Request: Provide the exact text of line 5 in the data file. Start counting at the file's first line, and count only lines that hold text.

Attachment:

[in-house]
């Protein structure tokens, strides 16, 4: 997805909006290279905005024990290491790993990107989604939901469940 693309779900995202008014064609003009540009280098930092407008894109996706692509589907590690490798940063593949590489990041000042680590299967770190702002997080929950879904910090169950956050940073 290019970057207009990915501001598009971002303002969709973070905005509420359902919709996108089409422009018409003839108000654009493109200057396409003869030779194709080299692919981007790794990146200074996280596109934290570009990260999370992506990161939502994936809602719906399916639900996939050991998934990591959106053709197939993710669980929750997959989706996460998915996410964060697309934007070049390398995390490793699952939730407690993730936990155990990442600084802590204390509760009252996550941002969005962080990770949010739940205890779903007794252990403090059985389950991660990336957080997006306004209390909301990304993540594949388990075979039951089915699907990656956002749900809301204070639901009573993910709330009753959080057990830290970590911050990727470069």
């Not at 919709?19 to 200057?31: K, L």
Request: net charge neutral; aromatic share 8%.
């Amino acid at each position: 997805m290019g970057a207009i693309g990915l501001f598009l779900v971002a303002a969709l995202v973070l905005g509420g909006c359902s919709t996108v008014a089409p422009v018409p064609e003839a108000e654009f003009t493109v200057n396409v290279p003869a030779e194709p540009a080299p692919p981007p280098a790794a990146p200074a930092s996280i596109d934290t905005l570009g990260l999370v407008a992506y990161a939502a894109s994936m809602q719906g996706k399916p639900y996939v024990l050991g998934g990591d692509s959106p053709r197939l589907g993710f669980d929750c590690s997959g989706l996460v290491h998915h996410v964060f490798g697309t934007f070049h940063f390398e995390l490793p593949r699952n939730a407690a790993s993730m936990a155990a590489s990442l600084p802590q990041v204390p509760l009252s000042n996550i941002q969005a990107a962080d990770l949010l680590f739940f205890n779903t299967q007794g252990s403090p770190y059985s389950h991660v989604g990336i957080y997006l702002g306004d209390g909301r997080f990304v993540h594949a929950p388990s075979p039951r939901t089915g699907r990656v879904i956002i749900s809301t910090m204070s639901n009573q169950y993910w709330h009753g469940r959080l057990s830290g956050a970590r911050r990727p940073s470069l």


């Amino acid at each position: 997805m290019g970057a207009i693309g990915l501001f598009l779900v971002a303002a969709l995202v973070l905005g509420g909006c359902s919709t996108v008014a089409p422009v018409p064609e003839a108000e654009f003009t493109v200057n396409v290279p003869a030779e194709p540009a080299p692919p981007p280098a790794a990146p200074a930092s996280i596109d934290t905005l570009g990260l999370v407008a992506y990161a939502a894109s994936m809602q719906g996706k399916p639900y996939v024990l050991g998934g990591d692509s959106p053709r197939l589907g993710f669980d929750c590690s997959g989706l996460v290491h998915h996410v964060f490798g697309t934007f070049h940063f390398e995390l490793p593949r699952n939730a407690a790993s993730m936990a155990a590489s990442l600084p802590q990041v204390p509760l009252s000042n996550i941002q969005a990107a962080d990770l949010l680590f739940f205890n779903t299967q007794g252990s403090p770190y059985s389950h991660v989604g990336i957080y997006l702002g306004d209390g909301r997080f990304v993540h594949a929950p388990s075979p039951r939901t089915g699907r990656v879904i956002i749900s809301t910090m204070s639901n009573q169950y993910w709330h009753g469940r959080l057990s830290g956050a970590r911050r990727p940073s470069l």